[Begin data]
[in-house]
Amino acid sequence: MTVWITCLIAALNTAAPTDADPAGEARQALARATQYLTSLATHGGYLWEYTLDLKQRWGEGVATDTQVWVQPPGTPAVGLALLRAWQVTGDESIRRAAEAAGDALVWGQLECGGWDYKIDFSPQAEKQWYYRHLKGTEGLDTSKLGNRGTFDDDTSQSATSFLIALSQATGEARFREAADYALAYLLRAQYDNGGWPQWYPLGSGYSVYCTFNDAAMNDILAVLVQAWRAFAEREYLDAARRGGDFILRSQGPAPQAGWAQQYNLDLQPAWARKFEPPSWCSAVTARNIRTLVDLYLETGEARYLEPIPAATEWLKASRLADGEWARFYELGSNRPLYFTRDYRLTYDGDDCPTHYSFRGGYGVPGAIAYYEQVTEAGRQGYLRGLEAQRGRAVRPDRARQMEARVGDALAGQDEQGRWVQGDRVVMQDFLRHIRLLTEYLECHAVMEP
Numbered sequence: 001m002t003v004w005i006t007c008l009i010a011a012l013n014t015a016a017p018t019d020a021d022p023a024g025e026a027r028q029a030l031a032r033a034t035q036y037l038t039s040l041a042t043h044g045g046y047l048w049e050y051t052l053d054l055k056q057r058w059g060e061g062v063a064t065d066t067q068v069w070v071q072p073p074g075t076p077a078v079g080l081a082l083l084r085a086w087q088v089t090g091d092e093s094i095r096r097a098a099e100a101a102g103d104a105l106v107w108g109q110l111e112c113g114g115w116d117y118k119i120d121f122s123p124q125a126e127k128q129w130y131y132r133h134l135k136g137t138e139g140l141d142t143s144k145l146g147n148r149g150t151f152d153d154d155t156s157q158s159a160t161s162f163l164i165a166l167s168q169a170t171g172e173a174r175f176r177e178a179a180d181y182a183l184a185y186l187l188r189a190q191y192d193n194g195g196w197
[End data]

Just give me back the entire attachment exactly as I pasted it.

[in-house]
Amino acid sequence: MTVWITCLIAALNTAAPTDADPAGEARQALARATQYLTSLATHGGYLWEYTLDLKQRWGEGVATDTQVWVQPPGTPAVGLALLRAWQVTGDESIRRAAEAAGDALVWGQLECGGWDYKIDFSPQAEKQWYYRHLKGTEGLDTSKLGNRGTFDDDTSQSATSFLIALSQATGEARFREAADYALAYLLRAQYDNGGWPQWYPLGSGYSVYCTFNDAAMNDILAVLVQAWRAFAEREYLDAARRGGDFILRSQGPAPQAGWAQQYNLDLQPAWARKFEPPSWCSAVTARNIRTLVDLYLETGEARYLEPIPAATEWLKASRLADGEWARFYELGSNRPLYFTRDYRLTYDGDDCPTHYSFRGGYGVPGAIAYYEQVTEAGRQGYLRGLEAQRGRAVRPDRARQMEARVGDALAGQDEQGRWVQGDRVVMQDFLRHIRLLTEYLECHAVMEP
Numbered sequence: 001m002t003v004w005i006t007c008l009i010a011a012l013n014t015a016a017p018t019d020a021d022p023a024g025e026a027r028q029a030l031a032r033a034t035q036y037l038t039s040l041a042t043h044g045g046y047l048w049e050y051t052l053d054l055k056q057r058w059g060e061g062v063a064t065d066t067q068v069w070v071q072p073p074g075t076p077a078v079g080l081a082l083l084r085a086w087q088v089t090g091d092e093s094i095r096r097a098a099e100a101a102g103d104a105l106v107w108g109q110l111e112c113g114g115w116d117y118k119i120d121f122s123p124q125a126e127k128q129w130y131y132r133h134l135k136g137t138e139g140l141d142t143s144k145l146g147n148r149g150t151f152d153d154d155t156s157q158s159a160t161s162f163l164i165a166l167s168q169a170t171g172e173a174r175f176r177e178a179a180d181y182a183l184a185y186l187l188r189a190q191y192d193n194g195g196w197